“For the last 3 decades this award-winning entrepreneur and environmentalist has brought about monumental change through negotiating netting buyouts and arranging alternative sources of income for indigenous salmon netsmen … NASF has been behind all the critical and game-changing events of the last 20 years – the buyouts of the Icelandic, Greenlander, English and Irish drift net fisheries to name just a few – as well as being a highly effective international lobbying force in the corridors of power in the salmon producing nations.” (Fish and Fly Magazine, July 2017)
Orri Vigfusson, founder and chairman of NASF, was a politician for one fish, a man obsessed with saving the Atlantic salmon. He took no salary, had no overhead, and single-mindedly spent the last 27 years campaigning to save the salmo salar, the species he crowned the King of Fish.
An entrepreneur and life-long outdoorsman, Vigfusson was first and foremost an angler, happiest when on the river. It was on the river, in his native home of Iceland, that he first became aware of declining salmon stocks in the 1970. Conversations with other local anglers soon exposed the extent of the damage being done by nets and long lines to shrinking salmon populations.
As a descendant of a commercial fishing family that witnessed firsthand the collapse of the Icelandic herring industry in the last 1960’s, Vigfusson knew that there was only one way to halt this decline – commercial fishermen had to be persuaded to stop salmon fishing. He began speaking with them, connecting the environmental harm of declining stocks to its direct impacts on the livelihoods of those contributing to it.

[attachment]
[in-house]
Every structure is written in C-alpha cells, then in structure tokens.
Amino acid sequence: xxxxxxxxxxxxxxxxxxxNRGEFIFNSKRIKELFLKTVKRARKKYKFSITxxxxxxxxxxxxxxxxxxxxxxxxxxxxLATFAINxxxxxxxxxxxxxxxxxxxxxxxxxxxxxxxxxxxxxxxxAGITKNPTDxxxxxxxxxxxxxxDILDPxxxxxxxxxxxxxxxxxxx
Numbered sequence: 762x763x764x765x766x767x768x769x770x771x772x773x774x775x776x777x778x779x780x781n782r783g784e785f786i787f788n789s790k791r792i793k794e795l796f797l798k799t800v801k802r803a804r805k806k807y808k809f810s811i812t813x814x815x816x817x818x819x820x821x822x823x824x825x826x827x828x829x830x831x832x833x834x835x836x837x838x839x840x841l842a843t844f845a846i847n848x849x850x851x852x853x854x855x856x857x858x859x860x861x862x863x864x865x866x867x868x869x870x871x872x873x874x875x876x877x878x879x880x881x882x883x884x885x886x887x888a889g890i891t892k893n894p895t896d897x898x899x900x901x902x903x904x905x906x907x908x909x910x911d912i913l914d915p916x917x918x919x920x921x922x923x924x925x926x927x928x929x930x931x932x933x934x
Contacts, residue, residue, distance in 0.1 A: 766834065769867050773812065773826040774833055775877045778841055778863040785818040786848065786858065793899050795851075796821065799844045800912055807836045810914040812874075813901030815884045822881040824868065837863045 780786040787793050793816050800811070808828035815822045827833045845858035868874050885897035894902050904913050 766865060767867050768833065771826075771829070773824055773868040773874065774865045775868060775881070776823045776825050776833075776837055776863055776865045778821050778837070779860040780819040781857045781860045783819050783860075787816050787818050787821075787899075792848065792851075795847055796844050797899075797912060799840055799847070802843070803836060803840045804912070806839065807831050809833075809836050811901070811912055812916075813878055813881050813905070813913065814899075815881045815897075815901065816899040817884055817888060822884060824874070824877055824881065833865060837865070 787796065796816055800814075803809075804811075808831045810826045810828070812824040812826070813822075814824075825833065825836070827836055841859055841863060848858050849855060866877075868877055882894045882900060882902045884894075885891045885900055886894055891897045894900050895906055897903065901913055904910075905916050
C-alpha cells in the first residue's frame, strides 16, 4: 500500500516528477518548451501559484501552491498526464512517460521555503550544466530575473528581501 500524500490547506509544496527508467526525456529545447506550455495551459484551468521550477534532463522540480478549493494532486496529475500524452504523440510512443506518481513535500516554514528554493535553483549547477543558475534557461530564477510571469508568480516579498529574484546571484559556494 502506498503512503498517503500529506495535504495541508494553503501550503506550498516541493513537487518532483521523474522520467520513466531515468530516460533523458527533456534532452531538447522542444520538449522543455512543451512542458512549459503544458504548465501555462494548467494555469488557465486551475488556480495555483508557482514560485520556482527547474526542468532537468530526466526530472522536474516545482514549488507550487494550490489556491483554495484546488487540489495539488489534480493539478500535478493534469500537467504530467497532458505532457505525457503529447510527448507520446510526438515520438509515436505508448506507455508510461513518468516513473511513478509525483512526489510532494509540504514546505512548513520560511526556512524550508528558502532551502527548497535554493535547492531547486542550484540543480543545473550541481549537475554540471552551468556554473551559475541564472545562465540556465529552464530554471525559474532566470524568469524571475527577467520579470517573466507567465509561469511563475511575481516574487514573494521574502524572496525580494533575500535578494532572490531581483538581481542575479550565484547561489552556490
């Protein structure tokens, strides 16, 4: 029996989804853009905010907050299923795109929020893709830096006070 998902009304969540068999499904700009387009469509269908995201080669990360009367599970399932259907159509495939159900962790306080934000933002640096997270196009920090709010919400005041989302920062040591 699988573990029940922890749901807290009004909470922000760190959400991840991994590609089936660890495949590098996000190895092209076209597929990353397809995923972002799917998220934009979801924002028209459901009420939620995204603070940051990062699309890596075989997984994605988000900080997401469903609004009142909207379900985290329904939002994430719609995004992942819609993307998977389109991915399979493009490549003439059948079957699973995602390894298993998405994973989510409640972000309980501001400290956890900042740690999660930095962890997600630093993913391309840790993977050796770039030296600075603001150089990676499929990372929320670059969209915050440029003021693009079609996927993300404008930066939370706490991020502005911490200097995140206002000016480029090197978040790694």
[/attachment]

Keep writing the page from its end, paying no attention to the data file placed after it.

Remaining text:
Vigfusson came to embrace the notion of ‘green capitalism,’ fervent in his belief that any income fishermen would lose would have to be replaced with cash and the equipment to develop other kinds of sustainable fisheries.
He pioneered a quota-based buyout system with the Faroese in 1991. It is still considered one of the most successful conservation and economic development transactions of its kind. He then applied this approach in Greenland, Iceland, Wales, Ireland, Scotland, and England [France and Norway too per Goldman write up]. His strategy to buy out the fishing rights of commercial salmon fishers, whose over-fishing was causing the decline, respected both fishing communities’ right to a livelihood, as well as the needs of a desperately imperiled species.
Orri’s mission and approach resonated with a wide swath of the population. Monarchs, governments, cultural and media institutions, angling organizations and conservation groups all lauded his efforts and the visible results they produced. He was awarded Knight Orders from Her Majesty The Queen of Denmark, The Icelandic Falcon from the President of Iceland, and, more recently, the Order of Knighthood from the French government. Time Magazine named him one of 2004’s European Heroes, while The Economist called him the leading environmental social entrepreneur of 2006. He was awarded the prestigious Goldman Environmental Award in 2007. Conservation organizations from the National Fish and Wildlife Foundation to the Atlantic Salmon Federation have similarly honored him, along with angling organizations such as the International Game Fish Association’s Hall of Fame and the New York City Angler’s Club.
Today, the North Atlantic salmon, as well as and the commercial fishermen who targeted them, are indebted to Orri Vigfusson. His vision ensured a future for both, and his legacy will carry on in the form of the Orri Fund.